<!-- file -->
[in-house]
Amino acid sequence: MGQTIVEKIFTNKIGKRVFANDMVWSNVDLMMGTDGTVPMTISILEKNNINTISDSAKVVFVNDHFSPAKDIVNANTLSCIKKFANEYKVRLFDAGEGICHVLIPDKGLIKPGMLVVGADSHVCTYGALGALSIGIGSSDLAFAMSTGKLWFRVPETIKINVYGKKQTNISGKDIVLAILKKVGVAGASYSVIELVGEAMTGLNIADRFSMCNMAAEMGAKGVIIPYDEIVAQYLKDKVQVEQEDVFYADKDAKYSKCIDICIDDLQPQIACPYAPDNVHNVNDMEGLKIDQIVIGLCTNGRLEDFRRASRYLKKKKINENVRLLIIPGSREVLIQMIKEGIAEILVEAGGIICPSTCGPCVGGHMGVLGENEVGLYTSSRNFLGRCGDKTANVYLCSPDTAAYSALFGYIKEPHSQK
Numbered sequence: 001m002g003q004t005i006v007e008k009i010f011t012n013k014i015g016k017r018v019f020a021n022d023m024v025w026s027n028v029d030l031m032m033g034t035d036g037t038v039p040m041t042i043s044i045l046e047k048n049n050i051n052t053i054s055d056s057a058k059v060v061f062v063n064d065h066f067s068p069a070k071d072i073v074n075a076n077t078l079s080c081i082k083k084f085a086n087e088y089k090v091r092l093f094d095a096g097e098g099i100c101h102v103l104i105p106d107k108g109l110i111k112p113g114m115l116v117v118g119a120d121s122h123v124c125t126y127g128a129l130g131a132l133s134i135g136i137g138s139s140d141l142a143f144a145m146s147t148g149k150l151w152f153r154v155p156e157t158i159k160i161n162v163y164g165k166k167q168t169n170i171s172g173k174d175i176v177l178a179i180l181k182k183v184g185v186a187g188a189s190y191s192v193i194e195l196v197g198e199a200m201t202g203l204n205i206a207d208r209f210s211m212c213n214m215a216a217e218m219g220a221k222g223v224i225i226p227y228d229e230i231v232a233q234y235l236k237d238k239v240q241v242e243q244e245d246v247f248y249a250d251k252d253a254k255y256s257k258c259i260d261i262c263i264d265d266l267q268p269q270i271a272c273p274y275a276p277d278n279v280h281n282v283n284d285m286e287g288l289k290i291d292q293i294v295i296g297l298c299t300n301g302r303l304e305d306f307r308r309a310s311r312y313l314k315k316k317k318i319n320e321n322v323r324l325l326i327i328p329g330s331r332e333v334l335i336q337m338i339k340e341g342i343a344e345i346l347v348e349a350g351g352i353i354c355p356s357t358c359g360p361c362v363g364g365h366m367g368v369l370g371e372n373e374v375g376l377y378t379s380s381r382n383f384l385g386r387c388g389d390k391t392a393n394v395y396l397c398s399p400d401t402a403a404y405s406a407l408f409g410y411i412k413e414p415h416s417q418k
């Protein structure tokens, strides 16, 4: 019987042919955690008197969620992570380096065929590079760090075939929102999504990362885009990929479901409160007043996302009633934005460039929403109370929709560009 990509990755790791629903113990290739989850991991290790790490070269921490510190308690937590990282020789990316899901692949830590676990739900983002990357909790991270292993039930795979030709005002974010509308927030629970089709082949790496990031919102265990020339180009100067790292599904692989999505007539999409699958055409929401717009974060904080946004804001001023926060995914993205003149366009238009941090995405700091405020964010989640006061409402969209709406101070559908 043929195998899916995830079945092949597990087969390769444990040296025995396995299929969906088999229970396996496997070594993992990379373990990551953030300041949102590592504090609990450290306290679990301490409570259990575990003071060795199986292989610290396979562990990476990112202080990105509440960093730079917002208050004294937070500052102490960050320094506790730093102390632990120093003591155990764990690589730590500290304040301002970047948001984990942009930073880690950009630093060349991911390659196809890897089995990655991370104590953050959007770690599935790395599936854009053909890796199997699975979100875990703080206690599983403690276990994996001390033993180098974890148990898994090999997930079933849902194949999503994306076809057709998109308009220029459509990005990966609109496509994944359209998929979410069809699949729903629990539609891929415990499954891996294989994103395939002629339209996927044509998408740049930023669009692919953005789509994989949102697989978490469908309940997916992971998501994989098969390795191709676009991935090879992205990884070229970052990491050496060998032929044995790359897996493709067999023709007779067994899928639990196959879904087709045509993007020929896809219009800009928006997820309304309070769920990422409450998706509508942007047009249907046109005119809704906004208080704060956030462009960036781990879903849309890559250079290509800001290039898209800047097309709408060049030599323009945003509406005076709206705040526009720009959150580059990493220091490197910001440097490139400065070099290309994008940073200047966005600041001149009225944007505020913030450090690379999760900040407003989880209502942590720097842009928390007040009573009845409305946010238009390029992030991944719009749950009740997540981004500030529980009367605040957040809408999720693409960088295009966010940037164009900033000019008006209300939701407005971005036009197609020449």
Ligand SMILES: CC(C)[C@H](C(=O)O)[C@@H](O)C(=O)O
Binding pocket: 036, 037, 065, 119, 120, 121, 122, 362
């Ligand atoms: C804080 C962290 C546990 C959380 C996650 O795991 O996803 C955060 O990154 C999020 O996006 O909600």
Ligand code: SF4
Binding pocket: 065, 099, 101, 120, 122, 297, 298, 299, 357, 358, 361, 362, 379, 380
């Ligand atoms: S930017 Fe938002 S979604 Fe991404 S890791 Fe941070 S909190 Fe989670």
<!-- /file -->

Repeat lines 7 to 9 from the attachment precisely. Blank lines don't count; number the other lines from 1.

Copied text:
């Ligand atoms: C804080 C962290 C546990 C959380 C996650 O795991 O996803 C955060 O990154 C999020 O996006 O909600």
Ligand code: SF4
Binding pocket: 065, 099, 101, 120, 122, 297, 298, 299, 357, 358, 361, 362, 379, 380